NIAID supports a robust basic science portfolio that pursues fundamental knowledge about the nature and behavior of infectious and immune-mediated diseases. This knowledge, if exploited, can be used to develop new and improved diagnostic, prevention, and treatment strategies that ultimately can improve health and save lives.
Translational studies are a bridge between the laboratory and the clinic. Through translational research, scientists apply the fundamental knowledge gained from basic research toward the development of new or improved clinical products that will reduce disease burden, suffering, and death. NIAID also oversees translational research focused on minimizing the effects of exposure to harmful radiological or chemical substances.
Translating laboratory advances into clinical tools and strategies is challenging. It begins with a scientific discovery in the lab, and is followed by the following steps:
Researchers and manufacturers must work with the FDA to ensure that all steps taken provide the information required to move to new stages of development and to prepare for product licensure. The steps may vary slightly depending on the product. Many products fail along the way. For this reason, NIAID maintains a robust translational research program that supports various products at different stages of development—a “pipeline” from the laboratory to final product.
It can take years for a promising laboratory discovery to be used in developing a new vaccine, diagnostic device, or drug. Often, scientists do not know how to navigate the steps involved in product development or lack the resources to move a discovery from the laboratory to the clinic. NIAID helps to shepherd promising discoveries made in laboratories in the United States and abroad through the many challenging and costly steps involved in developing products and obtaining regulatory approval (licensing) for use in clinical practice. NIAID works with academia, industry, government agencies, and non-government partners to provide assistance and bridge gaps to facilitate the development of new and improved drugs, vaccines, and diagnostic tests.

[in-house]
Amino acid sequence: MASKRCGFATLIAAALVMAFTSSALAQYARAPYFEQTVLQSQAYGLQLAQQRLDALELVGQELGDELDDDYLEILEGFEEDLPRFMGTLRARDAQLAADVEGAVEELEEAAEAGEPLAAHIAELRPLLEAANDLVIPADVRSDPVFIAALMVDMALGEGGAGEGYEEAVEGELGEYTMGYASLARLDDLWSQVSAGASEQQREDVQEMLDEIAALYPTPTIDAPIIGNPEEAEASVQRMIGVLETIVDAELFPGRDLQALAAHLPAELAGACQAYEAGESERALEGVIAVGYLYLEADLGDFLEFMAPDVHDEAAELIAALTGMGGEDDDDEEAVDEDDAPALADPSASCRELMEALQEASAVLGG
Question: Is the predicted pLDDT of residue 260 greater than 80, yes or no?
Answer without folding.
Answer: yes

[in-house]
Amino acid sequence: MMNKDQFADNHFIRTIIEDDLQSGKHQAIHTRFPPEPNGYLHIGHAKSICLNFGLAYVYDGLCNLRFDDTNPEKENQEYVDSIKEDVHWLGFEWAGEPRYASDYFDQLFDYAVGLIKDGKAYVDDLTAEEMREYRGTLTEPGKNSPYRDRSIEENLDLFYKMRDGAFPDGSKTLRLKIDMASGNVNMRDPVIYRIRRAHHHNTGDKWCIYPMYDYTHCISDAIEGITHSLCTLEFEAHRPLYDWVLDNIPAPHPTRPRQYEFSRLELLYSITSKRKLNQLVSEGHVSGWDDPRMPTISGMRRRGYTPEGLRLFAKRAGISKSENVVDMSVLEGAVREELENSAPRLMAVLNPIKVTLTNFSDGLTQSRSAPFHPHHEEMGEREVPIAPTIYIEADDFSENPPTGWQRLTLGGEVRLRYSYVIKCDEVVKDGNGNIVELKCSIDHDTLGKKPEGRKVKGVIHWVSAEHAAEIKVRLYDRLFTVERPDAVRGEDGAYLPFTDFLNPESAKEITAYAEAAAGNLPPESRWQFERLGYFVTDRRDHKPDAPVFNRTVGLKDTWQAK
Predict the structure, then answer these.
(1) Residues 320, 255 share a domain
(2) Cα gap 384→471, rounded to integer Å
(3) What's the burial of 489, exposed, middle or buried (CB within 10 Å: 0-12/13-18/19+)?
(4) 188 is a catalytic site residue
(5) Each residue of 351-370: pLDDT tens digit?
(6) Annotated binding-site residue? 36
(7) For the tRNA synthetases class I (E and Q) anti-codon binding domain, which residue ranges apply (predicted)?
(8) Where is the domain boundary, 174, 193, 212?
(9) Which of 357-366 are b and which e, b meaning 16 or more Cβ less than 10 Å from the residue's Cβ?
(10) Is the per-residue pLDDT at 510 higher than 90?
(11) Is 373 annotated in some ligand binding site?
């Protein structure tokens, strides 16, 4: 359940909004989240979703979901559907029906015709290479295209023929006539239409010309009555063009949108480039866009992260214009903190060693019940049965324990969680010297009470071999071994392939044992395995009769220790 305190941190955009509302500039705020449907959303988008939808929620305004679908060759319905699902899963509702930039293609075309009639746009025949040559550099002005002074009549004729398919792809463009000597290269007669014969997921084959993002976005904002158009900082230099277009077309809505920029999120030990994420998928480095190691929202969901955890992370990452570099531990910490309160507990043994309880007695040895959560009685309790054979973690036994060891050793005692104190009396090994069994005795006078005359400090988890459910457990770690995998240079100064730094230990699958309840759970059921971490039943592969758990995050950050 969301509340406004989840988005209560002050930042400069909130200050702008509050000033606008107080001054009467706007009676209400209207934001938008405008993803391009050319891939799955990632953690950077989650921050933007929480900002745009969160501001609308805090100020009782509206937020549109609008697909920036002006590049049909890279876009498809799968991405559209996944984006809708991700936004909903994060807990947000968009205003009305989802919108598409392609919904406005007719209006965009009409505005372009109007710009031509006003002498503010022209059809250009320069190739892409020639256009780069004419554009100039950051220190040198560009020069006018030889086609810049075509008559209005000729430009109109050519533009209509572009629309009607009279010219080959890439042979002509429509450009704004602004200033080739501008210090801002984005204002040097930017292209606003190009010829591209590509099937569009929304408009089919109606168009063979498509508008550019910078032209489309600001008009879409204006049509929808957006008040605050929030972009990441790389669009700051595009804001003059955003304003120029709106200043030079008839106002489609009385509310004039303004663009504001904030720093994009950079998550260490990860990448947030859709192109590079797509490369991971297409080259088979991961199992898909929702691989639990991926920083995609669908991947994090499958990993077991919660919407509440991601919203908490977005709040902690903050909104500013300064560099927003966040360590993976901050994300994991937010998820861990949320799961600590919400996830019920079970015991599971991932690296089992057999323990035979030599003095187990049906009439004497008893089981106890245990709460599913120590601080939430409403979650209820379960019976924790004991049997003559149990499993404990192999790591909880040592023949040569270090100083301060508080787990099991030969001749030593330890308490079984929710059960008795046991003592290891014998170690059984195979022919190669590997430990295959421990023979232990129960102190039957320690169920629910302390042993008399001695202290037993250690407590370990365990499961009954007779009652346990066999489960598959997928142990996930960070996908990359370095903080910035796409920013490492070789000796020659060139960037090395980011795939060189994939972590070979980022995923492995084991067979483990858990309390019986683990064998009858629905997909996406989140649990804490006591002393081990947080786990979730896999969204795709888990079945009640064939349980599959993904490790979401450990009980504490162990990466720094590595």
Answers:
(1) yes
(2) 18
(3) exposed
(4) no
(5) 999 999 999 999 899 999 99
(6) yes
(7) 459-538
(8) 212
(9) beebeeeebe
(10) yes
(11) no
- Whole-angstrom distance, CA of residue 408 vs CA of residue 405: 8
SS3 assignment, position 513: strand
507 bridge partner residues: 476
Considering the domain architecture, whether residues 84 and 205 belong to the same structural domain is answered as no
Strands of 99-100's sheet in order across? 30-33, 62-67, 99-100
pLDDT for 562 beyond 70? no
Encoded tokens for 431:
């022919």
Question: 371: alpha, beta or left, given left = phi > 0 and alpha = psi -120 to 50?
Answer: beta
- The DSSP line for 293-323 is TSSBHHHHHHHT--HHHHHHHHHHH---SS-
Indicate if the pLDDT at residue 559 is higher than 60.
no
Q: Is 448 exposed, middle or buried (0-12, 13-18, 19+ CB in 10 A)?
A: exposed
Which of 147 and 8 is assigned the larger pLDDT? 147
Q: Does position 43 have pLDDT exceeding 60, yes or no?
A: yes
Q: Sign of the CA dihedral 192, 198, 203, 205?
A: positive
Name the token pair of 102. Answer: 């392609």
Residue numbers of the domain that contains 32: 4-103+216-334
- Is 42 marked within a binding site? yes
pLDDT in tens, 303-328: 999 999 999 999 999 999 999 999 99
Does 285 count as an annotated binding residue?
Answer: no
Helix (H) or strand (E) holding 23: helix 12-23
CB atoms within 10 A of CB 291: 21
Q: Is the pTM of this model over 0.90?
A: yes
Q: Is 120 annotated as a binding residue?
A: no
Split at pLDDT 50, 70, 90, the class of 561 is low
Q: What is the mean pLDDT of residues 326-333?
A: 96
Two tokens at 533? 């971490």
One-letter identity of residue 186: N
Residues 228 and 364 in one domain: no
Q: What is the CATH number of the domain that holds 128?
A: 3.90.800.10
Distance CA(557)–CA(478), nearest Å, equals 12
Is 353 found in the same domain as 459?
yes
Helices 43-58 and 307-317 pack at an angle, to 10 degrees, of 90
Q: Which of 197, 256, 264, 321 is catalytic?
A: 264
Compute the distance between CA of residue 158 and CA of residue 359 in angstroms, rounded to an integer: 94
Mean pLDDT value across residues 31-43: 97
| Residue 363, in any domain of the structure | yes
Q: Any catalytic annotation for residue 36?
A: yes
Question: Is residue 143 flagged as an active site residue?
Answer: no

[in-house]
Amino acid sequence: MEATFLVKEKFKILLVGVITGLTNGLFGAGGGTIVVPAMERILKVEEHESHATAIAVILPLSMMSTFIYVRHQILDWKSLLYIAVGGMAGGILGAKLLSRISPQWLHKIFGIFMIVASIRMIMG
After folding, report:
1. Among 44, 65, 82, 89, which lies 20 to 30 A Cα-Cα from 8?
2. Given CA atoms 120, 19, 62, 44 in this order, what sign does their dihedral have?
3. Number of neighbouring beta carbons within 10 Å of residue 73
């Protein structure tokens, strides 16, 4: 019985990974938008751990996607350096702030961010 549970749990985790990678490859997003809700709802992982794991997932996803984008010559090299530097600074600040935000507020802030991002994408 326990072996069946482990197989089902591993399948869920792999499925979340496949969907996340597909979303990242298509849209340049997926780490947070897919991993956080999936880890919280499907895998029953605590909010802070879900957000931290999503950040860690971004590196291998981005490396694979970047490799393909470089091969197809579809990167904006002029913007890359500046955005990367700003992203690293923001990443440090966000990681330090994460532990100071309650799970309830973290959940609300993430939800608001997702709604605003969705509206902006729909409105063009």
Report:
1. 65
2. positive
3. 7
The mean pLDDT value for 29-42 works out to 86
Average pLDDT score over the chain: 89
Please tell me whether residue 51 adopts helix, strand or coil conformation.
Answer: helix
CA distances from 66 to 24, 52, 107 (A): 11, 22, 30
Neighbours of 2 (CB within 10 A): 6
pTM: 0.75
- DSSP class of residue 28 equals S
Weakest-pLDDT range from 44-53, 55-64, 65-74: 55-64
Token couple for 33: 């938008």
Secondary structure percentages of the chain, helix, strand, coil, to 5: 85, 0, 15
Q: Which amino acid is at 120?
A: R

NIAID defines product development according to three categories:
As a product moves through each phase of the pipeline, it moves further from being an idea in the lab and closer to being a medical product that can be used to save lives.
In FY 2010, $2.5 billion of NIAID’s $4.5 billion budget (56 percent) supported translational research (Figure 1).
In FY 2010, NIAID reviewed its translational research activities and projects. This review allowed NIAID to do the following:
In FY 2010, NIAID funded approximately 2,000 translational research projects: 83 percent applied research, 10 percent advanced research, and 7 percent clinical research. The majority of projects support products in the early developmental stages (applied); the projects are split equally between research conducted and initiated by NIAID (intramural and solicited) and investigator-initiated research (unsolicited). The majority of awards for products in the later stages of development (advanced and clinical) are conducted and initiated by NIAID. (Figure 2)
A survey of NIAID intramural and extramural staff revealed some common challenges or obstacles that hinder the Institute’s translational research efforts. Identifying these enables the Institute to
A few examples of the various ways staff and grantees/partners are working together to address translational research challenges are listed below:
NIAID’s translational research funding in FY 2010 and in prior years made it possible to do the following:
The contributions NIAID made through support of translational research programs, research resources, and clinical studies led to many accomplishments; however, much work remains to be done. In support of these efforts, NIAID will continue to identify opportunities to enhance current and new translational research programs to accelerate the speed at which basic scientific discoveries are converted into medical products that can be used in clinics in the United States and abroad.
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Last Updated November 17, 2011
Last Reviewed August 09, 2011